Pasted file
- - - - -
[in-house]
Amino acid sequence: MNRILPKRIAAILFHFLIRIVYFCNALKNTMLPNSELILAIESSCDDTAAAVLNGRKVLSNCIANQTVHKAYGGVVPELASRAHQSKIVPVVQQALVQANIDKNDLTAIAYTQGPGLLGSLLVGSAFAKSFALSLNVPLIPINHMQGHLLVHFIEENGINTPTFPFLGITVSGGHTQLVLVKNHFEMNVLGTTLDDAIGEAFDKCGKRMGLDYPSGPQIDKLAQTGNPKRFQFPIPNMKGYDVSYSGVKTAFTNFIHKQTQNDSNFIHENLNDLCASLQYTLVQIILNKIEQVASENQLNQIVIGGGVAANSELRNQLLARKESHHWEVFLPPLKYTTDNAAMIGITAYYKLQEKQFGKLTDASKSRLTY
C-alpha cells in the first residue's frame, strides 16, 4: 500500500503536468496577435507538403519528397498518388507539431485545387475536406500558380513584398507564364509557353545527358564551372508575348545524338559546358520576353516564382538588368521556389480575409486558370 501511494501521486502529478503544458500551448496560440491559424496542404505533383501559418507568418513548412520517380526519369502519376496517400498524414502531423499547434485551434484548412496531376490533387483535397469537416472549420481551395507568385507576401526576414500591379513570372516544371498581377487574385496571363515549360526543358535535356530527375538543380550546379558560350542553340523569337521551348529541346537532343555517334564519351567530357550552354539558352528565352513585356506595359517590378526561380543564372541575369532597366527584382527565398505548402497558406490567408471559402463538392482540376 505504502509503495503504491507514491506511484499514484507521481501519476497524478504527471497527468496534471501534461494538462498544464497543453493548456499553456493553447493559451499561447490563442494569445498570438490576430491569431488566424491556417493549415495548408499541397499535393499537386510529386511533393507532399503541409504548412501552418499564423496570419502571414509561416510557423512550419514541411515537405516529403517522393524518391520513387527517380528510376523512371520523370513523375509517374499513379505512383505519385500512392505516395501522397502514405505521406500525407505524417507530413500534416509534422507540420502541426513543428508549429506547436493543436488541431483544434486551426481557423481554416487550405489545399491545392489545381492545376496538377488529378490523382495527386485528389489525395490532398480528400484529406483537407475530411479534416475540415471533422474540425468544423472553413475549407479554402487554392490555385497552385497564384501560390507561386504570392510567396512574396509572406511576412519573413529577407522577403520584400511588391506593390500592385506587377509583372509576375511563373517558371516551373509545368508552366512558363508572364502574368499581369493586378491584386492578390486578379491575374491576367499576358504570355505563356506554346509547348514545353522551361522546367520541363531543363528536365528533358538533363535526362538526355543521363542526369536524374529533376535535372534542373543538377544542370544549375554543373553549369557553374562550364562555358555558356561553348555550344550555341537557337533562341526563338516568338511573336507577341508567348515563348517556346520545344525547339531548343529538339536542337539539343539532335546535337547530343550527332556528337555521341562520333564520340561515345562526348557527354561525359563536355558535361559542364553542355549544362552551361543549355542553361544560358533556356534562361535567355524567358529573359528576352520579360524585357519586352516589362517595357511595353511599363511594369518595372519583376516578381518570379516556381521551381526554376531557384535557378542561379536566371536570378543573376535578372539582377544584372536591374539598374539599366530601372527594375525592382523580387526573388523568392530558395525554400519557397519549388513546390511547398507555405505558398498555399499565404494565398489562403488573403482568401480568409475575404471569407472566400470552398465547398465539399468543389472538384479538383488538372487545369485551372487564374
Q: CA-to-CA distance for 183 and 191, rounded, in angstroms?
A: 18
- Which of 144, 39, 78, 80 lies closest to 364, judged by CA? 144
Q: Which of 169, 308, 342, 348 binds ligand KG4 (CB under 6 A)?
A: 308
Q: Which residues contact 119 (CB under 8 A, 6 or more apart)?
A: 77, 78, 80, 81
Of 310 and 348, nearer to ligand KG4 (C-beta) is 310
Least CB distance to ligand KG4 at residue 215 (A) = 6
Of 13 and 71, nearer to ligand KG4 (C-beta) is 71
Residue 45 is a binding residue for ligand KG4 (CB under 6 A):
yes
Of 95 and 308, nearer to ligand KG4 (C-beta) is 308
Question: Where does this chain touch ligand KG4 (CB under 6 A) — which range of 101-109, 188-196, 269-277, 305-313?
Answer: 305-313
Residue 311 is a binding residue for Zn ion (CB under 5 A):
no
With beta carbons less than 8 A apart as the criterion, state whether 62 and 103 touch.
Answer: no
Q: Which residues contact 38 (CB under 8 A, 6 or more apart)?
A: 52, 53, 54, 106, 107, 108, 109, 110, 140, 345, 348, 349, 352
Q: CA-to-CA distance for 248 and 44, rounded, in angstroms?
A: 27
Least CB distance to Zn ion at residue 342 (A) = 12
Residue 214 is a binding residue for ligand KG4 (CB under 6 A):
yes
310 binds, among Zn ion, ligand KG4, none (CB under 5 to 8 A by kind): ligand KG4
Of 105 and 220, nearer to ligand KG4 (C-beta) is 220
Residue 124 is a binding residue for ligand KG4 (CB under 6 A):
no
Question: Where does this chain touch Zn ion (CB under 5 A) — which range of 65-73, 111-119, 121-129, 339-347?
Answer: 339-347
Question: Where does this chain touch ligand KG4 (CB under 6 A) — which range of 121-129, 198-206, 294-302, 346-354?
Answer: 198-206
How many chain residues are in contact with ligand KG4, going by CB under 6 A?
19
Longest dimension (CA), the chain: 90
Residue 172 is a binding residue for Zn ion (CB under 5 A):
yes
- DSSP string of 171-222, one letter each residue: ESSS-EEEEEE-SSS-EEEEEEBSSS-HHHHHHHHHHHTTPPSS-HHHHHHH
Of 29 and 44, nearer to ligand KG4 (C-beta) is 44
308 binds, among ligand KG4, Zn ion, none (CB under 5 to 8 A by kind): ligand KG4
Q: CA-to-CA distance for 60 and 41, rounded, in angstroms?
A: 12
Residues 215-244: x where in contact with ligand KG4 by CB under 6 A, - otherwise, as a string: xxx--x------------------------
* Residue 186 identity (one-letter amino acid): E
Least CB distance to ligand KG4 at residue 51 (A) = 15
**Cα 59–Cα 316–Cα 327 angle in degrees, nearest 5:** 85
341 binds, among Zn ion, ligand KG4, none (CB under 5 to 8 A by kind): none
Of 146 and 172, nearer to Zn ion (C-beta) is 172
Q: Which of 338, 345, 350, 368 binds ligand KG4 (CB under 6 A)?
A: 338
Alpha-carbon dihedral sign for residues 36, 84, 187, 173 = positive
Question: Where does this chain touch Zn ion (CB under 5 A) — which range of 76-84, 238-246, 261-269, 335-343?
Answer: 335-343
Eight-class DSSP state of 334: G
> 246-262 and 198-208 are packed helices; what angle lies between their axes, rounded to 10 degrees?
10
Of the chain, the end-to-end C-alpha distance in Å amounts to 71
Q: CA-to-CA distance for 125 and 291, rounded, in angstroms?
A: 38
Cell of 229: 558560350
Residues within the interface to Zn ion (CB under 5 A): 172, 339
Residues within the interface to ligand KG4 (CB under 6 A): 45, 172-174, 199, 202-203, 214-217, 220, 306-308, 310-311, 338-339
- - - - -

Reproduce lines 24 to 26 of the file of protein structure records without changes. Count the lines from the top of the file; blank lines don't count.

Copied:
A: 52, 53, 54, 106, 107, 108, 109, 110, 140, 345, 348, 349, 352
Q: CA-to-CA distance for 248 and 44, rounded, in angstroms?
A: 27